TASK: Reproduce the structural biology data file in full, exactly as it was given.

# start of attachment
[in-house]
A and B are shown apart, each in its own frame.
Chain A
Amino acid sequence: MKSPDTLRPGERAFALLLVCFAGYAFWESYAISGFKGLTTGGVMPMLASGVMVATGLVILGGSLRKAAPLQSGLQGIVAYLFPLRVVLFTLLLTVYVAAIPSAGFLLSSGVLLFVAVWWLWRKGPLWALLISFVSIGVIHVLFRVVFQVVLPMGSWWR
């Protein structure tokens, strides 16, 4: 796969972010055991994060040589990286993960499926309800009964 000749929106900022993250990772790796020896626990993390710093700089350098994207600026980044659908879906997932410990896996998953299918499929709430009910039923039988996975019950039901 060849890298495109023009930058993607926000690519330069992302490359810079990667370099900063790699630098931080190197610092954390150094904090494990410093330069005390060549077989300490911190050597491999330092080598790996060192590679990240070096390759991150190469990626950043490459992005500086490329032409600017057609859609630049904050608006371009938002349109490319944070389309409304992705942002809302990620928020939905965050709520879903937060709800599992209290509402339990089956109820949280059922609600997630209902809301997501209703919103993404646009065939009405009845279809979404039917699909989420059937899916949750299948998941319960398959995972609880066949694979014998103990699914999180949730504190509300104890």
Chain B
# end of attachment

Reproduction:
[in-house]
A and B are shown apart, each in its own frame.
Chain A
Amino acid sequence: MKSPDTLRPGERAFALLLVCFAGYAFWESYAISGFKGLTTGGVMPMLASGVMVATGLVILGGSLRKAAPLQSGLQGIVAYLFPLRVVLFTLLLTVYVAAIPSAGFLLSSGVLLFVAVWWLWRKGPLWALLISFVSIGVIHVLFRVVFQVVLPMGSWWR
């Protein structure tokens, strides 16, 4: 796969972010055991994060040589990286993960499926309800009964 000749929106900022993250990772790796020896626990993390710093700089350098994207600026980044659908879906997932410990896996998953299918499929709430009910039923039988996975019950039901 060849890298495109023009930058993607926000690519330069992302490359810079990667370099900063790699630098931080190197610092954390150094904090494990410093330069005390060549077989300490911190050597491999330092080598790996060192590679990240070096390759991150190469990626950043490459992005500086490329032409600017057609859609630049904050608006371009938002349109490319944070389309409304992705942002809302990620928020939905965050709520879903937060709800599992209290509402339990089956109820949280059922609600997630209902809301997501209703919103993404646009065939009405009845279809979404039917699909989420059937899916949750299948998941319960398959995972609880066949694979014998103990699914999180949730504190509300104890």
Chain B